How To Get The Most Out Of Your Study Break

You ploughed your way through the trials and breathed a big sigh of relief – but now you’re realising that it’s only just begun. How will you possibly remember everything 6 weeks from now?

I hear you. But don’t worry, even if you flunked out, there is still time to get good results. Trials are weighted for a reason and if you use them to flush out weaknesses then you will set yourself on the right track.

It’s all about maximising the impact of the time you have. Like anything, study is a craft and it can be learnt by anyone – even those of you who are sick of reading this article by now.*

Follow these six steps and you will be surprised at how much more you can absorb.

1. Set a goal

Why are you doing this again? Work out what you’re working towards. Make it SMART: specific, measurable, attainable, relevant and time-bound. With 6 weeks to go, you can’t afford to procrastinate. Tell your close family and friends what you’re working towards and make yourself accountable!

2. Prioritise

We might be able to do anything, but we can’t do everything.

Look long and hard at your exam papers; where do you need to improve? It’s easy to focus on the subjects you enjoy, but if you have been avoiding something, then put it to the top of your list and deal with it when you’re fresh.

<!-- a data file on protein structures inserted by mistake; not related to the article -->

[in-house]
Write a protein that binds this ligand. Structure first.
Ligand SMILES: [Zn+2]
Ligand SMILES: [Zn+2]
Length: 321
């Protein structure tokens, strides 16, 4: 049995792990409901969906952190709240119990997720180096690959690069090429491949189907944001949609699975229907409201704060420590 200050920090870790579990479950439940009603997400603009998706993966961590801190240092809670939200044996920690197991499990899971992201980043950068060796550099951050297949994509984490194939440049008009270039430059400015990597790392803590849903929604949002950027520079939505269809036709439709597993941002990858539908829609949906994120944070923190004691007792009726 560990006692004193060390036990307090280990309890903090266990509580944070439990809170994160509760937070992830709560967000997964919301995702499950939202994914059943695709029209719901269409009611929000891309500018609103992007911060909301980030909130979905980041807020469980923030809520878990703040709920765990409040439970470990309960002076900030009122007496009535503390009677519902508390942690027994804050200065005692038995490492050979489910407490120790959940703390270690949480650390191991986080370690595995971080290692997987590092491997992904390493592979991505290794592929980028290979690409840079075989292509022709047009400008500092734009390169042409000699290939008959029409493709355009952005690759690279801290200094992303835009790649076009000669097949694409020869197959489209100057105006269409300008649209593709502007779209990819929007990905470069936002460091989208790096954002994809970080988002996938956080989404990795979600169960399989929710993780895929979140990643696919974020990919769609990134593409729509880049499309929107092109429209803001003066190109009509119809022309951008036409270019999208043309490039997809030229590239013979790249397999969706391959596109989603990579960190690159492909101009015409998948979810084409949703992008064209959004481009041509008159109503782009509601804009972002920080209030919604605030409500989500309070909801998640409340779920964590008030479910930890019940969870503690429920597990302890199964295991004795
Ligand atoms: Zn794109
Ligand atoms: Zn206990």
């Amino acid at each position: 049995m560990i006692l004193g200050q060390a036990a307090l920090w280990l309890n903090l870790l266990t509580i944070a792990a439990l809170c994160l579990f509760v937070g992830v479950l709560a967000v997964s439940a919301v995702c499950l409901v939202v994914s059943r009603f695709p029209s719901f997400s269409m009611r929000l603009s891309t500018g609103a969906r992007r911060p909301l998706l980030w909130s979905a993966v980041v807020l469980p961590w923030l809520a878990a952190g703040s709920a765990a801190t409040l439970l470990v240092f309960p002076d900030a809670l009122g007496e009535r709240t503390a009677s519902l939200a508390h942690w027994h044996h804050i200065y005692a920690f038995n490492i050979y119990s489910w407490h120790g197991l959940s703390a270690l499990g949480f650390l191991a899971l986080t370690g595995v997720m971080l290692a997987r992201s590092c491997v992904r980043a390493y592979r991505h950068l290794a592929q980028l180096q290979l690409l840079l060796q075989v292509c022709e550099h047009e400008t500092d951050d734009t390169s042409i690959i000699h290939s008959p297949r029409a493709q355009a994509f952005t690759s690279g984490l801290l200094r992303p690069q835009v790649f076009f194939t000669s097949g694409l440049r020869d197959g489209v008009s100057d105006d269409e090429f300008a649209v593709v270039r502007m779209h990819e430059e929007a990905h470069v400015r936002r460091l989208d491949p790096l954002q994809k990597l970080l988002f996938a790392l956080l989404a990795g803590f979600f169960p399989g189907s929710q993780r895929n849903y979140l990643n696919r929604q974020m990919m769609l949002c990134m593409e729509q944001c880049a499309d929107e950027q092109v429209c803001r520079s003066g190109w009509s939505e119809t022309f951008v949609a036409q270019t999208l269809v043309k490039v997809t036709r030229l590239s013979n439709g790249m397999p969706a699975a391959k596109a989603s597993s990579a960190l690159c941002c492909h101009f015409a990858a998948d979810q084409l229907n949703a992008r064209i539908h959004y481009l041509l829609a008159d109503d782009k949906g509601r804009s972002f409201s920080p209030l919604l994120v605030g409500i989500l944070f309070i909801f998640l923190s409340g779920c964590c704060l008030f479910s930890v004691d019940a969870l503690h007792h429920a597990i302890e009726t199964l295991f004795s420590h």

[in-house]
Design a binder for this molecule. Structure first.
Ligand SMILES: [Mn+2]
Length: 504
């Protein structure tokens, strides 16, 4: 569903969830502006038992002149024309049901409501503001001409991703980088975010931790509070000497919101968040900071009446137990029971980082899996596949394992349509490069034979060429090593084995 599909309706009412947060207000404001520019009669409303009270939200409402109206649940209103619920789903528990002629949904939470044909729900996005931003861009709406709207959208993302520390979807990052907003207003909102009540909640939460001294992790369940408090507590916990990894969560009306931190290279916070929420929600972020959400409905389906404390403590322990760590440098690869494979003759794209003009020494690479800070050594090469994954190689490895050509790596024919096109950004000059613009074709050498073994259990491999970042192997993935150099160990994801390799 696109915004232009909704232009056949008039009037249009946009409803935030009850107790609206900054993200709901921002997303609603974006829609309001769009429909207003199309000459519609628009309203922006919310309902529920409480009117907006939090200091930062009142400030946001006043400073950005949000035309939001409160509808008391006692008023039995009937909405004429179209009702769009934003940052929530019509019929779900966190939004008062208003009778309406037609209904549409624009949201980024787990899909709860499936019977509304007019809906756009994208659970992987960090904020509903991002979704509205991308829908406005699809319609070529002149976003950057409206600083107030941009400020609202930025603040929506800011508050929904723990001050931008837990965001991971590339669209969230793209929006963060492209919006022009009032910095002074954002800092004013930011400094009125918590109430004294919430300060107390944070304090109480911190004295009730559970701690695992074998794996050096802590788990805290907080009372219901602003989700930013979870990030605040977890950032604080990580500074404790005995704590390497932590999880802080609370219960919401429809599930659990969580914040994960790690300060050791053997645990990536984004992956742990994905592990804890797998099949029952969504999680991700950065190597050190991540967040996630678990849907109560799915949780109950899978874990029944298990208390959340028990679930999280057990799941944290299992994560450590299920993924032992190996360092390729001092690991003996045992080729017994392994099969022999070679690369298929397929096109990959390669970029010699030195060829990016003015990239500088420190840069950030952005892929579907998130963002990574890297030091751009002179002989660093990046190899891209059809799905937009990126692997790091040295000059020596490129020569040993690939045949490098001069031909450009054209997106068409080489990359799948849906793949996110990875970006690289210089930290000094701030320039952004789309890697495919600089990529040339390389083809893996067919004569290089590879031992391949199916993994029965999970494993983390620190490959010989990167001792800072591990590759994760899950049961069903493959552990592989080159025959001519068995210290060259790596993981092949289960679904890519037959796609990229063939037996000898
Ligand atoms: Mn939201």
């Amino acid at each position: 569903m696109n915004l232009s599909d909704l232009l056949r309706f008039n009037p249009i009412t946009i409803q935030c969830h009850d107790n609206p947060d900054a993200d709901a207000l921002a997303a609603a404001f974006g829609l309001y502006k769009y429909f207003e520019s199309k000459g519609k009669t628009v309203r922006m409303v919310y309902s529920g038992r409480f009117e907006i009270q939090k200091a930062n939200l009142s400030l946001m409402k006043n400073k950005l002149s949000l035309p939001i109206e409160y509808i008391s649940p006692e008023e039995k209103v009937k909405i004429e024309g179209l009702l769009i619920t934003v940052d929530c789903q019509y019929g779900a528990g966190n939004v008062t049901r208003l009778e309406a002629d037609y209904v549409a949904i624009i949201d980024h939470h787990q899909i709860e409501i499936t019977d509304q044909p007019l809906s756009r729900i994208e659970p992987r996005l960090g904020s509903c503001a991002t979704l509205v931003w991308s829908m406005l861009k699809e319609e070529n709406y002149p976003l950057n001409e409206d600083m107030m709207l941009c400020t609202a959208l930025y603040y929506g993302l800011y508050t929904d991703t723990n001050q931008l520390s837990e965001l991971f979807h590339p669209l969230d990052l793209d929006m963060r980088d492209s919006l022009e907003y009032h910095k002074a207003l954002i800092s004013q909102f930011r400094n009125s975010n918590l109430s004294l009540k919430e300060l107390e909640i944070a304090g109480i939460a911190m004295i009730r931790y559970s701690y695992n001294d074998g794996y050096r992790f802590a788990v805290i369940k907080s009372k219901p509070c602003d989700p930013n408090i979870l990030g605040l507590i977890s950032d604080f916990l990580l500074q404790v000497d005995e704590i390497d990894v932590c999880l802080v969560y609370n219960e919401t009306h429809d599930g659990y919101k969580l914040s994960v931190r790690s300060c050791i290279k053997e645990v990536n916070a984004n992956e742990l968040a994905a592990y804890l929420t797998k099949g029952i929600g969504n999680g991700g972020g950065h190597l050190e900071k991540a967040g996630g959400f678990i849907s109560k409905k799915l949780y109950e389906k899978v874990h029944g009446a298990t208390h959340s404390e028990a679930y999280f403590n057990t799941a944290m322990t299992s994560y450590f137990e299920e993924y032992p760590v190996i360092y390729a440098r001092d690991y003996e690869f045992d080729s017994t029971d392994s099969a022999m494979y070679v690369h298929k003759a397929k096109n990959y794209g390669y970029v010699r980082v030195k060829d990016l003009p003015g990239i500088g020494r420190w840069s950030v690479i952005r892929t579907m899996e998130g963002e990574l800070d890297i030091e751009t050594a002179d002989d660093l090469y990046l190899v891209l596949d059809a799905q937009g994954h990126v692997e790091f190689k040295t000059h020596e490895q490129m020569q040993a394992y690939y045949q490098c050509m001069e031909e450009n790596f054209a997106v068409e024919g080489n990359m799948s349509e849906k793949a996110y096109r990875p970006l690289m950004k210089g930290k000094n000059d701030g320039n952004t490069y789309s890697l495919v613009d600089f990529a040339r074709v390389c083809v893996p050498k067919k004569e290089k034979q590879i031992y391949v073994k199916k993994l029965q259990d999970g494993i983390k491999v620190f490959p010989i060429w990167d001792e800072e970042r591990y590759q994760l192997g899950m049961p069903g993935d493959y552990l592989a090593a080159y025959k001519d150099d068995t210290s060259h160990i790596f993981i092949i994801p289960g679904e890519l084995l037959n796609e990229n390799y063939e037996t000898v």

3. Prepare

Get your tools in order: do your notes make sense? Are they matched to the syllabus? Do you have practice papers? Your favourite pen?

Know your tasks: mark your study time out in a calendar and delegate time to different subjects. And forget FOMO – you won’t even remember that party 10 years later, trust me.

Rest well, eat well: your brain needs fuel and will thank you if you give it sustained energy. Stick to proteins like nuts, the slower releasing sugars found in fruit, and keep your grey matter hydrated with plenty of water. At least 8 hours of regular sleep is not negotiable.

4. Focus

Sounds obvious, right? But how many times a day do you check your phone? Respond to Facebook notifications? Watch surprised kittens, grumpy kittens, or kittens playing piano?

Each time you get distracted it takes 7 minutes to get your focus back. That means around 25 per cent of your study time will be wasted if you check your phone every half hour! Turn it off or put it in another room. Switch your computer notifications off and tell your friends they can wait.

If you hit a brick wall and just aren’t getting it, move on! Or take a quick break and clear your head. Some of my best problem-solving has happened on my morning walks.

5. Reward yourself

You don’t need to be a monk to get good grades. It’s ok to go out and let off steam with your friends – you will need the support!

Your brain will focus better if it has a chance to switch off. Give yourself an hour of down-time before bed, and stay away from glowing screens after dark – they mess with your body clock.

6. Get help, give help

There’s not much point doing practice tests without feedback. Your teachers may be busy but they will be stoked that you’re putting in extra effort – so use them!

Nothing tests knowledge more than trying to teach others. You will benefit from talking things through with your study buddies and your ATAR will be bumped up if your class does well to boot.


Here’s the cheat sheet:

  1. Why are you doing this? Set a goal.
  2. Prioritise: worst subjects first.
  3. Prepare for study with good notes, sleep and fuel.
  4. No distractions! Ditch the phone and Internet.
  5. Have a break, reset your mind.
  6. Ask for help, but also give it – you’ll learn too.

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